My research is in programming languages and related areas. Generally, I am interested in any problem space where I think mathematical abstractions will lead to practical impact in the safety, correctness, expressiveness, usability, or security of systems. Here are some current potential research topics:
Security for the Rust programming language
How can we make sure that Rust code that you download off the internet is actually safe to run? Rust has grown in popularity because of its built-in safety guarantees – in particular, type safety and memory safety – but these guarantees don’t generally extend to untrusted code written by someone else. With collaborators at UCSD, I’m working on automated and human-assisted tools to automatically ensure the safety of Rust programs. Check out cargo scan for a work-in-progress tool.
Derivatives of regular expressions
If you know Calculus, you may be familiar with rules like the sum rule and product rule, which say that
d(f + g) = df + dg and
d(fg) = d(f)g + fd(g), where
d is the derivative operator and
g are functions. It turns out there is an interesting (and practically useful!) theory of similar rules for regular expressions, but where the rules are a bit different: for example,
d(AB) = d(A)B + (A∩ε)d(B). I’m interested in leveraging and extending derivative-based tools to debug regular expressions that show up in practice, including those with string variables. If you’re interested, check out our PLDI paper on implementing these things in the Z3 theorem prover.
Verified dataflow programming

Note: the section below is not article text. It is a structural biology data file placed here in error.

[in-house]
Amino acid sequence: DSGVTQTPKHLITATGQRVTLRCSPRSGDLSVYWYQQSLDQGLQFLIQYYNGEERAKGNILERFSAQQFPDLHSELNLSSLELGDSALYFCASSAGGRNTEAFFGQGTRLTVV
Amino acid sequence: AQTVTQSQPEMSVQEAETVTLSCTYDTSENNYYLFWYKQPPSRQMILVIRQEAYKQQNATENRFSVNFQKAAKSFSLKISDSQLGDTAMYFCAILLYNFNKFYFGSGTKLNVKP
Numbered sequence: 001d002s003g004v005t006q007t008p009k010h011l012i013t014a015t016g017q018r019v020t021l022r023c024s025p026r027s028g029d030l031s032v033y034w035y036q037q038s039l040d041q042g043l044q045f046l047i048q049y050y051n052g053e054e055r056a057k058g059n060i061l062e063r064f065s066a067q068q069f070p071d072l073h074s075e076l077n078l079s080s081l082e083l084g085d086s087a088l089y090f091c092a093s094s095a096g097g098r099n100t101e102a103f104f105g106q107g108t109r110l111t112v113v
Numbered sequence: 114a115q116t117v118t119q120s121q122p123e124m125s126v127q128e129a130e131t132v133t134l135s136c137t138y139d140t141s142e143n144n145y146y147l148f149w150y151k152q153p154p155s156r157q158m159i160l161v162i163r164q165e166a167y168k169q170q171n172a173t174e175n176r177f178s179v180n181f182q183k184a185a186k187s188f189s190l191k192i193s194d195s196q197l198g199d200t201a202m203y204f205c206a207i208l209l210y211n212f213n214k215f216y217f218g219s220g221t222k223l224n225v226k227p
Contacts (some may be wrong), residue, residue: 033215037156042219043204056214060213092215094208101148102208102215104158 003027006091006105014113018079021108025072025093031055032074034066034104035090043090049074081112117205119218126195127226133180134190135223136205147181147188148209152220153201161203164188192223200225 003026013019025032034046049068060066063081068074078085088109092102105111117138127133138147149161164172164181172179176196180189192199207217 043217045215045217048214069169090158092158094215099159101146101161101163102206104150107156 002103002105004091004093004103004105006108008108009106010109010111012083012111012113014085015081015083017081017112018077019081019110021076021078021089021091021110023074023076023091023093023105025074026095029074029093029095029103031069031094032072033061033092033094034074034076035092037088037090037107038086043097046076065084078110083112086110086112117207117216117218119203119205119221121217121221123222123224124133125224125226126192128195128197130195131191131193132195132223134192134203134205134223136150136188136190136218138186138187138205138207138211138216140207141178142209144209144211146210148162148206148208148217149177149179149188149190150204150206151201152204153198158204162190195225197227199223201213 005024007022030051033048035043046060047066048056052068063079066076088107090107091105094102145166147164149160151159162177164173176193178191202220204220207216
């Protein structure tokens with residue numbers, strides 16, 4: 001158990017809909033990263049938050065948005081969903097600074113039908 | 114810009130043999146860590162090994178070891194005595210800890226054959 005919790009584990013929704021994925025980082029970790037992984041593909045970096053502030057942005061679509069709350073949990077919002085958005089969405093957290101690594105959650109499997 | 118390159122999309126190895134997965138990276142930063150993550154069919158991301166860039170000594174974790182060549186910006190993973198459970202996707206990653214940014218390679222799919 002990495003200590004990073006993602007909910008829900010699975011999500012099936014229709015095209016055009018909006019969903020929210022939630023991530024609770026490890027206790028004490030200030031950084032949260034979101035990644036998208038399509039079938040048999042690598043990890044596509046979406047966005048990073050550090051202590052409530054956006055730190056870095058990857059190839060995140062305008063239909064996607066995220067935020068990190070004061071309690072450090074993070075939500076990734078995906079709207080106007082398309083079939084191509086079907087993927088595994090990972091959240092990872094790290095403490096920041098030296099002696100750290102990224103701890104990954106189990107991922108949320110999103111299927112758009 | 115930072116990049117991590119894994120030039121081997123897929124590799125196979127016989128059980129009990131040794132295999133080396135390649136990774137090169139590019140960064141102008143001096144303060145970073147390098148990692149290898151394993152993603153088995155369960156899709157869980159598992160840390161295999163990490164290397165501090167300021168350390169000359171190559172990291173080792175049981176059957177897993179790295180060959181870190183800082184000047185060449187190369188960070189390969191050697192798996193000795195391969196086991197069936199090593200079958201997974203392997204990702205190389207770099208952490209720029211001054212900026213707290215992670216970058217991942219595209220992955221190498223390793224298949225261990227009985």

Programs written in the cloud are built on dataflow abstractions: pipelines of operators that process data streams. For example, operators include things like
aggregate. Can we verify that these pipelines are correct, lack performance bottlenecks, and preserve data privacy and security? My prior work proposes using partially ordered sets to represent streams, and I’m also currently interested in extending existing theories to work for patterns of events in a stream over time and to encode other correctness and security constraints of interest. A good starting point for this work is my PhD thesis or DiffStream (OOPSLA 2020).
In the past, I have also worked on the following projects:
Fuzzing programmable networks. One surprisingly effective technique for finding bugs in systems is called fuzzing, where we just spam the system with random garbage inputs and see if it crashes or produces any errors. In the FP4 project, we worked on applying fuzzing to programmable network switches (used to program things like firewalls, load balancers, and routing programs which are the backbone of the internet). Check out pystate, which is a piece of this project that I wrote, or FP4, the main repository for the network fuzzer.
Models of streaming computation. Programs that process streaming data are fundamentally different mathematical objects than usual programs: in theoretical computer science terms, they are more like DFAs and NFAs (finite state machines) than Turing machines (unbounded memory). However, most streaming computation in practice goes beyond finite state machines to other primitive forms of quantitative computation that aren’t quite finite-space. For some of my work on quantitative state machines, see Modular Quantitative Monitoring (POPL 2019).